A swap’s exchanges of cash flows are at specified points in time in the future.[12]  Because traders price swaps as a series of cash-settled forward contracts, it is absolutely essential that the dates on which the cash flows are to be swapped are known when the swap is entered into.  In contrast, the Certificates have no maturity date and can be put to the issuer by the holder or called by the issuer at any point in time in the future. If someone bought a Certificate and held it for a year, the payment on day one of the full notional value of the Certificate and then the receipt of a payment of the full notional value on day 365 is simply not “an exchange of payments.” 

            Typically, the notional amount of a commodity swap is not exchanged between the parties.[13] In buying the Certificate at issue or any ETN, the buyer pays the seller the full notional amount of the quantity of the underlying virtual currency or commodity.

            In fact, the staff’s argument is contrary to earlier SEC definitions of the term “swap:” “Derivative swaps are a particular type of derivative ‘in which two counterparties agree to exchange or ‘swap’ payments with each other as a result of such things as changes in a stock price, interest rate or commodity price’.”[14] 

            Why this matters is that there are many ETNs trading on the U.S. securities markets.  The “ETF Screener & Database” on ETF.com[15] lists 54 commodity-tracking ETNs with notional assets under management of over $3.6 trillion.[16]  These ETNs track the price of either a specific commodity (e.g., cotton), or baskets of like commodities (e.g., grains), commodity indices (e.g., the Dow Jones-AIG Commodity Index) or a combination of one or more of the foregoing along with a strategy (e.g., Velocity Shares 3X Inverse Silver).  Typically, ETNs are viewed as one of the most accessible products for retail investors to gain exposure to the commodity asset class.[17]  A retail investor can buy a commodity-tracking ETN through his or her securities account through which they own stocks and bonds.  For retail investors, opening a futures account can be a challenging process and most are not familiar with how to trade futures.  Over-the-counter commodity swaps are completely out of reach for retail investors since only eligible contract participants can trade swaps over-the-counter.

            If the SEC’s position is that the Swedish Certificates are really swaps, then all commodity-tracking ETNs would be swaps.  If all commodity-tracking ETNs are swaps, then they could not be traded on either the national securities exchanges or through the over-the-counter securities market.  Moreover, they could only be traded on CFTC-designated contract markets (“DCMs”) or swap execution facilities. Although retail investors can buy and sell swaps listed on DCMs,[18] forcing retail investors to open futures accounts would be a challenge for many and significantly reduce retail investors’ access to the performance of the commodity asset class.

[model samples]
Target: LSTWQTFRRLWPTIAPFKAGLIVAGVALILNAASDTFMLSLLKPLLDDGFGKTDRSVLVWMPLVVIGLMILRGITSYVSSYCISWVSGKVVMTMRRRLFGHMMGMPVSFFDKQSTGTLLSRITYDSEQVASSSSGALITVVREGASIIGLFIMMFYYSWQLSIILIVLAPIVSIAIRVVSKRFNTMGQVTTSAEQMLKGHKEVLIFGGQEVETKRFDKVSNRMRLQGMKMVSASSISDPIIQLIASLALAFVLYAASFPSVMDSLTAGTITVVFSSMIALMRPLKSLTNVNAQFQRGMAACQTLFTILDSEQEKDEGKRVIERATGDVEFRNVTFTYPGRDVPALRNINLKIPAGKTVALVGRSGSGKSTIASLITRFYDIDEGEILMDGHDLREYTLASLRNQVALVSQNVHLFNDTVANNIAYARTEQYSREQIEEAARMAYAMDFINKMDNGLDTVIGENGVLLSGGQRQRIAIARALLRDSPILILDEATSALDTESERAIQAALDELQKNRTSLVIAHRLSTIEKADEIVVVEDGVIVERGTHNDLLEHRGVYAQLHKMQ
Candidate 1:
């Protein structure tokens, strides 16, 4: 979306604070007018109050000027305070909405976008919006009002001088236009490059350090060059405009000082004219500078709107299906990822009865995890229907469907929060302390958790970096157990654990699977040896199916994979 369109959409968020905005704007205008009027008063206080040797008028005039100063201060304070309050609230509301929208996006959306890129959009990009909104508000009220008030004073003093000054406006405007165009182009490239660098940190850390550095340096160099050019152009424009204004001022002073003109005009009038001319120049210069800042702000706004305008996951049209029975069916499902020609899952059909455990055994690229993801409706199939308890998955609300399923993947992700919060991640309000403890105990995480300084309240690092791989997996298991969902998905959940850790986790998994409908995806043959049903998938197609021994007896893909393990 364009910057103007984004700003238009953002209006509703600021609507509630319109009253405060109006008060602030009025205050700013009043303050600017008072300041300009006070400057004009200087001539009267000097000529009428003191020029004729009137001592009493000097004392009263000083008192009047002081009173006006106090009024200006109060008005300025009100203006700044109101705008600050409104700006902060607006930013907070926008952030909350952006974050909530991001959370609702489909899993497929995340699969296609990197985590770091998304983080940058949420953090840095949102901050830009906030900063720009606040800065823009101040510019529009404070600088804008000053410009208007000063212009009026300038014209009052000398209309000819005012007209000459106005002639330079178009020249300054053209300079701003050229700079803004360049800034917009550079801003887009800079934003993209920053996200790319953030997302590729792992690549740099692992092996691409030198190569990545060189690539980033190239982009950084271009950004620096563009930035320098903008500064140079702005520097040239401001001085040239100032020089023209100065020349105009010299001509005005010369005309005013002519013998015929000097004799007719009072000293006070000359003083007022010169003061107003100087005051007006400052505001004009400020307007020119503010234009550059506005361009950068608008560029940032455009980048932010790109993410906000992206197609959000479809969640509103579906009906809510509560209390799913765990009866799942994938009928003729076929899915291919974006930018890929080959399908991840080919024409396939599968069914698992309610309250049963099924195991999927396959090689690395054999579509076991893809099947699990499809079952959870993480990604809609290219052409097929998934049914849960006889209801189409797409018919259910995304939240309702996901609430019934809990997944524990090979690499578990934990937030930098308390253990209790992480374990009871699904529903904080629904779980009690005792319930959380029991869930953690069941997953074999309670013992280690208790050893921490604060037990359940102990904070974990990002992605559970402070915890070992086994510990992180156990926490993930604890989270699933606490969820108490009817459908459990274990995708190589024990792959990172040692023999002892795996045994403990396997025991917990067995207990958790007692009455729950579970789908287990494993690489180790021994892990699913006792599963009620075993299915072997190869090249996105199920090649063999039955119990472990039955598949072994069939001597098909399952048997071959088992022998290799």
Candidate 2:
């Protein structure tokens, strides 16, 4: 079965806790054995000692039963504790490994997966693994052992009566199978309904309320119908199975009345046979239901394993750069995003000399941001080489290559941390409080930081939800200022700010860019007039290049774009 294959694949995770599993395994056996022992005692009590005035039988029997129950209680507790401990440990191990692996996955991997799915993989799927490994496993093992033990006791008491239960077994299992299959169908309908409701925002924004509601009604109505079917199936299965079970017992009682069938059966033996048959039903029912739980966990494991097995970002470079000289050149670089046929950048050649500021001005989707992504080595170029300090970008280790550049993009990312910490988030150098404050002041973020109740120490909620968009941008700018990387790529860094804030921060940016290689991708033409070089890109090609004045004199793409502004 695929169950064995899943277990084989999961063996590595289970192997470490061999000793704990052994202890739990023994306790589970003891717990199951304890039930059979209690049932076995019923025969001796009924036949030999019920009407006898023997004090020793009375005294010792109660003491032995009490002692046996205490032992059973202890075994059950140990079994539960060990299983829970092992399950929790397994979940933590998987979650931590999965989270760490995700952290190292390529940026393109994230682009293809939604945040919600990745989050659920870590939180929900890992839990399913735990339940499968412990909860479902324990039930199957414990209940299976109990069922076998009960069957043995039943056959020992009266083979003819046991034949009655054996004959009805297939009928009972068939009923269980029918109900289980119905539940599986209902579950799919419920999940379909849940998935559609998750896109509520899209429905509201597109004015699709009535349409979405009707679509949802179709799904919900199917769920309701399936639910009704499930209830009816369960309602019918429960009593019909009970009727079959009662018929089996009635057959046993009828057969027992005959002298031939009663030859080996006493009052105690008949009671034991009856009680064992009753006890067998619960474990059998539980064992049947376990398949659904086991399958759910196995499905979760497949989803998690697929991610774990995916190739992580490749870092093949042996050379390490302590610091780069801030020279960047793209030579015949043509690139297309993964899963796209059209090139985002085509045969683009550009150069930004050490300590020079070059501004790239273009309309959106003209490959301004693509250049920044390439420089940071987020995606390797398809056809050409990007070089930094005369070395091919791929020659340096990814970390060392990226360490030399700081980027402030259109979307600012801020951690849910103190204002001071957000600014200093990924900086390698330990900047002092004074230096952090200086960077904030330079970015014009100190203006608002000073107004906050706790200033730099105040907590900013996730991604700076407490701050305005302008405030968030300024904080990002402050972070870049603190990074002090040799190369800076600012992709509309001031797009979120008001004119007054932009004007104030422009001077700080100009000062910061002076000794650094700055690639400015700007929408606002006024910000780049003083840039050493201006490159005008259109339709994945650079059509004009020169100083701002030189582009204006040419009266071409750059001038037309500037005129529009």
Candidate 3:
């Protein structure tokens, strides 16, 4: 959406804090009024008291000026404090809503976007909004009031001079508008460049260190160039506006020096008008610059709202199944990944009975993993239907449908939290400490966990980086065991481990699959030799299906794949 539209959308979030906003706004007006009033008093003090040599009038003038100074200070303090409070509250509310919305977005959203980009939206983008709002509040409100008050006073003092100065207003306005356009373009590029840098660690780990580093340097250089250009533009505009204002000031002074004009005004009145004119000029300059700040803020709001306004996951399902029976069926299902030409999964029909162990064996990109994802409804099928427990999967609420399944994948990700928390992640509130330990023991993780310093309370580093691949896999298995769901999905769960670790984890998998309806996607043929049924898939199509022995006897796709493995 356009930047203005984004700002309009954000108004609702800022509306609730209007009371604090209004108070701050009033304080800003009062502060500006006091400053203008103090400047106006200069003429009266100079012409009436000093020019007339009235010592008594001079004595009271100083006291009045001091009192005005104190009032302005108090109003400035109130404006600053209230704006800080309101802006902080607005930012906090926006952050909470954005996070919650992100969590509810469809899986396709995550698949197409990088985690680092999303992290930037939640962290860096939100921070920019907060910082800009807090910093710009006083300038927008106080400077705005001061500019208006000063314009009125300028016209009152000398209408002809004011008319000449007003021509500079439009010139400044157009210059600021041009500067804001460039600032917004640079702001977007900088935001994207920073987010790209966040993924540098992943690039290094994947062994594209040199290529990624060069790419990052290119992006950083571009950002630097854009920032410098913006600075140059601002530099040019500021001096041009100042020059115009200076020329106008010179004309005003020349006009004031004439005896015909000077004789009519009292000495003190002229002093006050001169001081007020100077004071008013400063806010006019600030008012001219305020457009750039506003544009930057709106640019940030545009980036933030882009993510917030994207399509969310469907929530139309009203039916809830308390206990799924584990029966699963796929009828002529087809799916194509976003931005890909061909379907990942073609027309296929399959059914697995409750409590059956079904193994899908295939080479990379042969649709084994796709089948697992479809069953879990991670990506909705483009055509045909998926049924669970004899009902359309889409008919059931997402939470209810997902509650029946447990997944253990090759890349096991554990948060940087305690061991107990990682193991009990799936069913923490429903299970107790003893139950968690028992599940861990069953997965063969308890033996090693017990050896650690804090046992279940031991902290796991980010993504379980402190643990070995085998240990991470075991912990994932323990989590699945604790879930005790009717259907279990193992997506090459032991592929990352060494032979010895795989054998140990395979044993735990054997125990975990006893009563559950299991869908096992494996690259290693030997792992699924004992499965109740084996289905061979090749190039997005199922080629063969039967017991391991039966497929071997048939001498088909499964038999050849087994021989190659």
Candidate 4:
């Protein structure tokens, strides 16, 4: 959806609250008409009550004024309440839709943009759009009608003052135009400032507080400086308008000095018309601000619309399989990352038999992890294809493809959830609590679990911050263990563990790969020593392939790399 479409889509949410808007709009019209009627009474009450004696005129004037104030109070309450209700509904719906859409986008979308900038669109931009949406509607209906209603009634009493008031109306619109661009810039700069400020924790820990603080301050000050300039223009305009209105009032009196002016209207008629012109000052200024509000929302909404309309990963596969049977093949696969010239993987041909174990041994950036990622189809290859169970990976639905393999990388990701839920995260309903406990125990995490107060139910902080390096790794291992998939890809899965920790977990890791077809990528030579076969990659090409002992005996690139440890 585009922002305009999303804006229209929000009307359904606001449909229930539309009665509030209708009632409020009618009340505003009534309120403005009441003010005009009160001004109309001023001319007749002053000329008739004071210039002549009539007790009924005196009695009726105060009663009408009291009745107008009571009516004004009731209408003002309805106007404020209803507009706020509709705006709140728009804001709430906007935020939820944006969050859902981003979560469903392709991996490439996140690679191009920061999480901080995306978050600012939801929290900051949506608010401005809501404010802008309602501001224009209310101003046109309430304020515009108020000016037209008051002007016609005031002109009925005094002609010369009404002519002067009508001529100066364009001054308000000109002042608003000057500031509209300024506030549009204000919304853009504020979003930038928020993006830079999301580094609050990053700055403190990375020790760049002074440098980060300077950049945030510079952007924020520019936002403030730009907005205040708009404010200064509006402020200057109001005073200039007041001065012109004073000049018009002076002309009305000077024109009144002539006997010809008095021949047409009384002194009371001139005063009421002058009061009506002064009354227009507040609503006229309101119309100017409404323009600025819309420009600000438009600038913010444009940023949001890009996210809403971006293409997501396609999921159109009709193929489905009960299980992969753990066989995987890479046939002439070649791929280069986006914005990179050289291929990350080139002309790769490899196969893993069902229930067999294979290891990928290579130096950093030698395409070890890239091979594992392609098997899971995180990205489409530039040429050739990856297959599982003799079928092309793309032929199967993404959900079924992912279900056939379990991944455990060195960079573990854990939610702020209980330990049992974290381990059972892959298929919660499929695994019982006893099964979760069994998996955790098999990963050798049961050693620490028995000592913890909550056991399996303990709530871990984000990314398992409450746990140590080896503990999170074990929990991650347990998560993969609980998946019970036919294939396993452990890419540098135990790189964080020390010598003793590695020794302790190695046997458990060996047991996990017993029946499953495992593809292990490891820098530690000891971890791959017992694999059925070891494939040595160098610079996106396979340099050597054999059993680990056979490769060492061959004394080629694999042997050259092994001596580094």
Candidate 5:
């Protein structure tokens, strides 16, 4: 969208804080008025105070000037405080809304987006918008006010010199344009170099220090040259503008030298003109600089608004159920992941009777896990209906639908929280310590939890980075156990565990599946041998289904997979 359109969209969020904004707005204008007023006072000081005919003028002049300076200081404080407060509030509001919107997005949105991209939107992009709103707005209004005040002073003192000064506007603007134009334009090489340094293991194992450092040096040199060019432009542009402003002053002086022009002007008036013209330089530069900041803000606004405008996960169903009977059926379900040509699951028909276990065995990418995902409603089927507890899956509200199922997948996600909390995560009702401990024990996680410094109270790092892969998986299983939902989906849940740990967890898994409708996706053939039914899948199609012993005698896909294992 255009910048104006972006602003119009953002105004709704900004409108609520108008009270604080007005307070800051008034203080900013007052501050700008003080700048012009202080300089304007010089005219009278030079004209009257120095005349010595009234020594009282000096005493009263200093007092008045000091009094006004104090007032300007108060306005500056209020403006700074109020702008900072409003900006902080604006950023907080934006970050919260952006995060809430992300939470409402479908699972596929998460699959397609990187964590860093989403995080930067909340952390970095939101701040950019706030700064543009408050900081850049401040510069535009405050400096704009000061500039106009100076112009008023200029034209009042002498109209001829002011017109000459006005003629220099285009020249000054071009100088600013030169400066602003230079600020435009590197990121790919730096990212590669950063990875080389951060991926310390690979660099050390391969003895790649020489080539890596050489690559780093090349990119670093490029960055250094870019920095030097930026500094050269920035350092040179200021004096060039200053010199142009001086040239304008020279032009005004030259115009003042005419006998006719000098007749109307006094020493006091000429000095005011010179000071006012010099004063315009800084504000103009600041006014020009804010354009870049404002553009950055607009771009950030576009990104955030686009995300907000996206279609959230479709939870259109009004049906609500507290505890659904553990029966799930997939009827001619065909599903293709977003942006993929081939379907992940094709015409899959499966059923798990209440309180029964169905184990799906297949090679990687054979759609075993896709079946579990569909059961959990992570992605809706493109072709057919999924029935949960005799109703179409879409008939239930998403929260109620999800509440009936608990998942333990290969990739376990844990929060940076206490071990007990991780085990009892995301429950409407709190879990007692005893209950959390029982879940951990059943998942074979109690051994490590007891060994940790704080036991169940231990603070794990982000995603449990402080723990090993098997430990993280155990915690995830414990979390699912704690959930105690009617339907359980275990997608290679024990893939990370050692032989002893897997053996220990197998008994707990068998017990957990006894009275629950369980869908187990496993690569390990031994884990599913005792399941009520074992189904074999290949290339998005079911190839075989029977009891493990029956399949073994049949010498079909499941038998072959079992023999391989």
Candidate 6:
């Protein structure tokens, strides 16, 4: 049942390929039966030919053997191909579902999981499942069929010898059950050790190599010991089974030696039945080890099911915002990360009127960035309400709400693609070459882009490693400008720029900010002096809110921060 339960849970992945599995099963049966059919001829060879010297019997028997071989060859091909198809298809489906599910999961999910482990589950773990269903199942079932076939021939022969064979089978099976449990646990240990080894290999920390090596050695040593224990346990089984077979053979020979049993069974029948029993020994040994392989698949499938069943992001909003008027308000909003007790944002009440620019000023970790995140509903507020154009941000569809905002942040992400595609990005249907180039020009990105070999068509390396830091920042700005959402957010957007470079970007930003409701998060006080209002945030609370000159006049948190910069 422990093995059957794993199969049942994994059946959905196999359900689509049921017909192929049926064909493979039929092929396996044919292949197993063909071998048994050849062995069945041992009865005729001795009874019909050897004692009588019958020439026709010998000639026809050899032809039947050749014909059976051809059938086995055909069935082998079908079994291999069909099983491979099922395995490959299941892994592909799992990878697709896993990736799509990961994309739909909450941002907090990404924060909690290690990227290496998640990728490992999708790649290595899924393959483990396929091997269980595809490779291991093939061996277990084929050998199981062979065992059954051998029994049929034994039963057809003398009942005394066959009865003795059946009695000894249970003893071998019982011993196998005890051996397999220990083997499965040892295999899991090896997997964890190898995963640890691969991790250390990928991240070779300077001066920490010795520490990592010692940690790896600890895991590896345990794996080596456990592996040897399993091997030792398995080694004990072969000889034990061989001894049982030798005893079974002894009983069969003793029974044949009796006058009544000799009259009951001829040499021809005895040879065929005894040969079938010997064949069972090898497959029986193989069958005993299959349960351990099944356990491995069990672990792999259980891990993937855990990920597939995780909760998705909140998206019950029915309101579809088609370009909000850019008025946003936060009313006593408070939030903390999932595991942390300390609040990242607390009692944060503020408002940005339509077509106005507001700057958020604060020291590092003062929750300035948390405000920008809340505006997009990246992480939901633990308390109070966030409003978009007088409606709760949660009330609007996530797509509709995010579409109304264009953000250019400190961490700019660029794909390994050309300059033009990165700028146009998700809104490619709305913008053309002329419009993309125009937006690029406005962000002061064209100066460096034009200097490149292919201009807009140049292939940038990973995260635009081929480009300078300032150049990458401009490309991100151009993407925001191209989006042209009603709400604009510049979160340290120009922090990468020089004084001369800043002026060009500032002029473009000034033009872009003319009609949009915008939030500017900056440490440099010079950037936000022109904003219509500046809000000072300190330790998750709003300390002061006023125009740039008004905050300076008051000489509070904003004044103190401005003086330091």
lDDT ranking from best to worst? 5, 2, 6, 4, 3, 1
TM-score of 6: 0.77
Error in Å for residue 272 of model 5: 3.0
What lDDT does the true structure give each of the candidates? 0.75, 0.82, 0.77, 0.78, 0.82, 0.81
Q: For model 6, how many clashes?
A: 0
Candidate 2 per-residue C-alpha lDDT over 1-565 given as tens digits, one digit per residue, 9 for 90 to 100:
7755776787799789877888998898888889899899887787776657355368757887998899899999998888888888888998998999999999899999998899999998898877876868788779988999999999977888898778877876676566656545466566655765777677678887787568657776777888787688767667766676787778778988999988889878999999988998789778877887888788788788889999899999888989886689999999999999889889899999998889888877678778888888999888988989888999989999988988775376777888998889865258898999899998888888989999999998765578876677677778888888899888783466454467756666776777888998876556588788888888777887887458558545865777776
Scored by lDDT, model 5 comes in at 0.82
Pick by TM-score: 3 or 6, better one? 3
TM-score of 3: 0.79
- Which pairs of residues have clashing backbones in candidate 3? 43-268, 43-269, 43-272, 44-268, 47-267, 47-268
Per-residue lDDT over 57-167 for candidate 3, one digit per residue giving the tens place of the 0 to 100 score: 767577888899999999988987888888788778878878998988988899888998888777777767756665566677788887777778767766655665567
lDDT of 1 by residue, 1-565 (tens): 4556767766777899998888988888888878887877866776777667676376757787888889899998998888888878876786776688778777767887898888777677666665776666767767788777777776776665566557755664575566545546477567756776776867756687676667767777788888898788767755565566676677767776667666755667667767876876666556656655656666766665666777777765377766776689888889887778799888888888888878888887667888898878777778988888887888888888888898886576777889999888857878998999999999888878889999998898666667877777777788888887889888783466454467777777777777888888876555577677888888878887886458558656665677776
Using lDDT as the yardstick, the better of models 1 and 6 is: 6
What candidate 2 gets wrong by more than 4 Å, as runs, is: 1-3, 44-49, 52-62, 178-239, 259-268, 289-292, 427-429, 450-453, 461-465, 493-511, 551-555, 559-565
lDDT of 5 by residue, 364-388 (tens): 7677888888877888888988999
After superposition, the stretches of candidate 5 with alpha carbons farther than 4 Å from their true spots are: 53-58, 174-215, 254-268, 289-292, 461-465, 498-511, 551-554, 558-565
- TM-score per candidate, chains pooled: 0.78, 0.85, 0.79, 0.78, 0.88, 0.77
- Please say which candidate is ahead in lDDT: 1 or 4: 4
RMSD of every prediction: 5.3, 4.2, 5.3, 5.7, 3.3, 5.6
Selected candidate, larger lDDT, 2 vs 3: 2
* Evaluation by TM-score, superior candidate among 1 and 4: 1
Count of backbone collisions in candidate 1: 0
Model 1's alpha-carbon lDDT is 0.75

Is the SEC’s “not in my neighborhood” approach to the Bitcoin- and Ether-linked securities giving the CFTC jurisdiction over a $3.6 trillion market currently regulated by the SEC?  If so, it seems about as bad a deal that Esau made with Jacob to trade his birthright for a bowl of stew.

 

[1] D. Michaels & A. Loder, SEC Pours Cold Water on Prospect of Bitcoin ETFs (WSJ Jan. 19, 2018) available at: https://www.wsj.com/articles/sec-rejects-idea-of-bitcoin-etfs-1516323558

[2] Section 4(a)(3) permits a dealer to offer an unregistered security for sale, as long as the dealer does not sell the security prior to forty days after the first date the security was offered to the public.  15 U.S.C. § 77d(a)(3)(A).

[3] Base Prospectus for the Bitcoin Tracker Certificates, Bitcoin Cash Tracker Certificates, Ethereum Tracker Certificates, Ethereum Classic Tracker Certificates, Litecoin Tracker Certificates, Ripple Tracker Certificates, Neo Tracker Certificates and Basket Certificates under the Issuance Programme of XBT Provider at 6 (May 17, 2018) (unofficial English translation of original Swedish prospectus) (“XBT Prospectus”) available at: https://xbtprovider.com/assets/documents/2018-prospectus-(unofficial--english-language--translation).pdf

[4] Id.

[5] Id.

[6] In re Certain Bitcoin/Ether Tracking Certificates, File No. 500-1 (SEC Sept. 9, 2018) available at: https://www.sec.gov/litigation/suspensions/2018/34-84063-o.pdf

[7] 15 U.S.C. § 78l(k).

[8] Statement on Order of Suspension of Trading of Certain Bitcoin/Ether Tracking Certificates (SEC Sept. 20, 2018) (emphasis added) available at: https://www.sec.gov/news/public-statement/suspension-trading-certain-bitcoinether-tracking-certificates

[9] Id.

[10] 7 U.S.C. § 1a(47)(A)(iii).

[11] S. Mixon, E. Onur & L. Riggs, Exploring Commodity Trading Activity: An Integrated Analysis of Swaps and Futures 4 (CFTC Nov. 2016) available at: https://www.cftc.gov/sites/default/files/idc/groups/public/@economicanalysis/documents/file/oce_wtiswapsfutures.pdf

[12] R. Heckinger, Chap. 1 Understanding Derivatives: Markets and Infrastructure at 4 (Federal Reserve Bank of Chicago rev’d 2013) (“swaps are OTC agreements to exchange cash flows at regular intervals over an agreed period according to terms agreed on today”) available at: https://www.chicagofed.org/publications/understanding-derivatives/index

[13] FINCAD, Resources, Types of Swaps (“Usually only the payment streams, not the principal, are exchanged”) available at: http://www.fincad.com/resources/resource-library/wiki/types-swaps

[14] SIFMA v. CFTC, 67 F. Supp. 3d 373, 385 (D.D.C. 2014) quoting The Regulatory Regime for Security-Based Swaps, (SEC 2012) available at: http://www.sec.gov/swaps-chart/swaps-chart.pdf

[16] M. Kennedy, List of Exchange Traded Notes (ETNs) (The Balance Oct. 28, 2017) available at: https://www.thebalance.com/list-of-etns-1214798

[17] D. DeFrancesco, CBOE’s CEO Says There’s 1 Pain Point That’s Keeping Out Wall Street’s Billions from the Growth of Bitcoin (Bus. Insider Jan. 18, 2019) available at: https://www.businessinsider.com/cboes-ceo-lack-of-exchange-traded-note-keeping-out-bitcoin-growth-2019-1?IR=T

[18] CEA § 2(e); 7 U.S.C. § 2(e) (“It shall be unlawful for any person other than an eligible contract participant, to enter into a swap unless the swap is entered into on, or subject to the rules of, a board of trade designated as a contract market under [CEA] Section 5”).